When the recently renovated Swannanoa Valley Museum & History Center reopens for the season on April 8, it will unveil an exhibit honoring adopted hometown hero Rafael Guastavino, the late architect and builder. A native of Spain, Guastavino was world-renowned for his tiled arches and domes at buildings including the Museum of Natural History in Washington, DC, New York’s Grand Central Station, the Boston Public Library, and Asheville’s Basilica of St. Lawrence, to name just a few.
Work on the Biltmore Estate brought Guastavino to WNC in the 1890s, and he decided to build an estate of his own, Rhododendron, in Black Mountain. The exhibit will document his far-reaching work along with his local accomplishments and presence. The museum, director Anne Chesky Smith notes, has relics you won’t see anywhere else: rare photos, the bell from atop Rhododendron’s Spanish Castle-style home, and bricks and tiles stamped with Guastavino’s logo. “People are increasingly realizing that Guastavino’s self-supporting arches were an incredible engineering feat,” Smith says, adding that the museum is proud to showcase “examples of his expertise as they are lost and found.”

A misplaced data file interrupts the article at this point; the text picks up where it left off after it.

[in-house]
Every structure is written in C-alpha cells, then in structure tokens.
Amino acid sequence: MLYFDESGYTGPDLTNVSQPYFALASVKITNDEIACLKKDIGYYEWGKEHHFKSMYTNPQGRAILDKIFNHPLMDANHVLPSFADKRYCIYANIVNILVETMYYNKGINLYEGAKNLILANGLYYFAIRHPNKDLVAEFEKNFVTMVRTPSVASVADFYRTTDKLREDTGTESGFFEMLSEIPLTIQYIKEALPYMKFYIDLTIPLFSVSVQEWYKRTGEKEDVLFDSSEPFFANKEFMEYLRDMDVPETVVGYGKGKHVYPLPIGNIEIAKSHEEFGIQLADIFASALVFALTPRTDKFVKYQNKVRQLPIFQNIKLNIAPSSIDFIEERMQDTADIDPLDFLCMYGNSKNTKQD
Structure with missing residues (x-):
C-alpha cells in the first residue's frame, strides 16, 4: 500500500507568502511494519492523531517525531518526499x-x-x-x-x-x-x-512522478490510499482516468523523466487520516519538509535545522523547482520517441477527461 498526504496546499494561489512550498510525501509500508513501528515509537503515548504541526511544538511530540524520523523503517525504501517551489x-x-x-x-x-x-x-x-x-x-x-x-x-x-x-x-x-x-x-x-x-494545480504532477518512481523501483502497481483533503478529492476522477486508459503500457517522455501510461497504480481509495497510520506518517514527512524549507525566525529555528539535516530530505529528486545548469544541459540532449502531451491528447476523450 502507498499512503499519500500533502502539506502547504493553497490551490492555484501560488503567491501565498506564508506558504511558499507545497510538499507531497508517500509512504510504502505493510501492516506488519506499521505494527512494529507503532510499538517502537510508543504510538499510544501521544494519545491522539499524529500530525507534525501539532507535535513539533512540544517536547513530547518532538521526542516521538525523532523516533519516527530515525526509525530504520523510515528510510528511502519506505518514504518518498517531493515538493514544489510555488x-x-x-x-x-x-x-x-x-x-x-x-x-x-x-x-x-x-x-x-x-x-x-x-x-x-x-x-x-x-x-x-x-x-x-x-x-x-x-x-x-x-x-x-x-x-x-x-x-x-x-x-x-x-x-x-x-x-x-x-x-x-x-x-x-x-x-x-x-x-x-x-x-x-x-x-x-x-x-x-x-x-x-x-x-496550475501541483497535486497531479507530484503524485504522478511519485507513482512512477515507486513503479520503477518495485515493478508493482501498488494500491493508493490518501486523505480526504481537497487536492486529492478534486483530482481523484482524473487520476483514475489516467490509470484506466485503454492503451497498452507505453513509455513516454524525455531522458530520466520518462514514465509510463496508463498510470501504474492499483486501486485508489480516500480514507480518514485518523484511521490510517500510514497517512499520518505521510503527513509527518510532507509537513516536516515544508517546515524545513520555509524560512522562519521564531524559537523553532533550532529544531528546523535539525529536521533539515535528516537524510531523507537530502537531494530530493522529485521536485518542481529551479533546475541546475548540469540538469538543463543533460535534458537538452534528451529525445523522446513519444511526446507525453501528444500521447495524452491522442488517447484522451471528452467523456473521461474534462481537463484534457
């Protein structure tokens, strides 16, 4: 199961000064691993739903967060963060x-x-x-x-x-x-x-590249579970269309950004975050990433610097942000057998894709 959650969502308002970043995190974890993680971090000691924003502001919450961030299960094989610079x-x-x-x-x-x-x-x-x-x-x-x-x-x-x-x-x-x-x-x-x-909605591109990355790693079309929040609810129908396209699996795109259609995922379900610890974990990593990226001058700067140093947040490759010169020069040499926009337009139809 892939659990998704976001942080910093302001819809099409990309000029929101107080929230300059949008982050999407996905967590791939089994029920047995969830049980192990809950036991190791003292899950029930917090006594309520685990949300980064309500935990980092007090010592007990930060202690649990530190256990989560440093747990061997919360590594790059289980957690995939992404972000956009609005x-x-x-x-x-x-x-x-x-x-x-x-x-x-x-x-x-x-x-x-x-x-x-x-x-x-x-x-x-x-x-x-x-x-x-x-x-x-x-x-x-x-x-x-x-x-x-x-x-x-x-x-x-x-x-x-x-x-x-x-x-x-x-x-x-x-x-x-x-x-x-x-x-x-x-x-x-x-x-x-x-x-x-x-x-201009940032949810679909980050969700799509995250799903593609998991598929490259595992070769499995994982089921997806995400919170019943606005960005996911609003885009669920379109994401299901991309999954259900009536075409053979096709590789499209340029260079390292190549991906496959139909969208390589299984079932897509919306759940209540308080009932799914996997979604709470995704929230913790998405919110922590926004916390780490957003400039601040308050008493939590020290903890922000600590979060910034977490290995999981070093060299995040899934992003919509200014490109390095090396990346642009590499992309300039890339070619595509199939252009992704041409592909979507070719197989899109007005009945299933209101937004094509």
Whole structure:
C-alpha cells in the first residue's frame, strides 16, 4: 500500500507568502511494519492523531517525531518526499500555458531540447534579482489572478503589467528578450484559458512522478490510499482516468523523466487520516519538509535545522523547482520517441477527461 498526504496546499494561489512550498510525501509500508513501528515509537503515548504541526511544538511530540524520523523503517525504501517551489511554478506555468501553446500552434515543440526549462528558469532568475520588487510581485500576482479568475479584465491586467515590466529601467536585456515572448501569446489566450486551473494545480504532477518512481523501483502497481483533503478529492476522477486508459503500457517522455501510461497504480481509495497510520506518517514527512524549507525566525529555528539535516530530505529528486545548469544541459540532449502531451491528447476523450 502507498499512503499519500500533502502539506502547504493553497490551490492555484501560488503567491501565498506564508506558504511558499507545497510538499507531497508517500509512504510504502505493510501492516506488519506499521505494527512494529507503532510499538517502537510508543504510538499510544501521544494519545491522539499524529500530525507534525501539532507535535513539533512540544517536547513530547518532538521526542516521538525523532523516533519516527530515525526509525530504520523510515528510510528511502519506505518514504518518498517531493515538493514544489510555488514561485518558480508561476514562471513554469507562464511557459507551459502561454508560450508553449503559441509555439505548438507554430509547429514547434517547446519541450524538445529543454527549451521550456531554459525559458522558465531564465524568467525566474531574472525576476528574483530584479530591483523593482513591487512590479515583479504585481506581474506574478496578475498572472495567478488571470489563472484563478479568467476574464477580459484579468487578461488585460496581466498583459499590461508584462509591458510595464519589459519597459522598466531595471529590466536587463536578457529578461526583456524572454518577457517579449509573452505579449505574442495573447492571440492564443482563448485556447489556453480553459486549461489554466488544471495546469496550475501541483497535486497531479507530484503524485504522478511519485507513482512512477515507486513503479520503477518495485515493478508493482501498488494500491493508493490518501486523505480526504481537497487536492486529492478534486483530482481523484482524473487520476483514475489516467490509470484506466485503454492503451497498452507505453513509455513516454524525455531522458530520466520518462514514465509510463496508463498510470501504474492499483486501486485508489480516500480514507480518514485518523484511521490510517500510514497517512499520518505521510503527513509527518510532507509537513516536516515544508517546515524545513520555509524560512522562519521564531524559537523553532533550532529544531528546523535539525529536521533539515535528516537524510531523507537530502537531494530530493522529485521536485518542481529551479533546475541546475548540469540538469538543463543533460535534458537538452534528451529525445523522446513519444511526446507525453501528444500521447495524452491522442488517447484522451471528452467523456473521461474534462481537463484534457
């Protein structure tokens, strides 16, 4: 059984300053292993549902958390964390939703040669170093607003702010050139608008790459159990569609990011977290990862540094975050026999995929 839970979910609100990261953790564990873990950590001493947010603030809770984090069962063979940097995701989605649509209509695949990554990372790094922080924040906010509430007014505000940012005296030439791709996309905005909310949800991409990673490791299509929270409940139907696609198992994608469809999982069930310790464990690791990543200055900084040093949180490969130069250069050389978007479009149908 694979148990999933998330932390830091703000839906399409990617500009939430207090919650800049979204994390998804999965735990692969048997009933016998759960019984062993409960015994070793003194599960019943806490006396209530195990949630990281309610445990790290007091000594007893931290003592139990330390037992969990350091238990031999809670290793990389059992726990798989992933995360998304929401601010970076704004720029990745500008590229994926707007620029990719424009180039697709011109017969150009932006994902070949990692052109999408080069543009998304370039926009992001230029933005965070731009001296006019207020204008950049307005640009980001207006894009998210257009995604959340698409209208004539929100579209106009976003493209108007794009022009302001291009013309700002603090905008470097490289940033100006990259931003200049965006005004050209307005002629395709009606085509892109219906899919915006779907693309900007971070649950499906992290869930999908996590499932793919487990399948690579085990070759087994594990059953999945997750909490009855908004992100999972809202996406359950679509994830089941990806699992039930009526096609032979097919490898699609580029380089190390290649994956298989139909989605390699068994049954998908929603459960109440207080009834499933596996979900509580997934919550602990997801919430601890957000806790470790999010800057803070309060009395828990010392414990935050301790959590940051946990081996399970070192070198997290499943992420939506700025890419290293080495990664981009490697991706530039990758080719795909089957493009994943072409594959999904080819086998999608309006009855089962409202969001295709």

Palaces for the People: Guastavino and America’s great public spaces
Swannanoa Valley Museum & History Center
223 W. State St., Black Mountain
April 8-December 1, Tues.-Fri., 10 a.m.-5 p.m.
free, donations welcome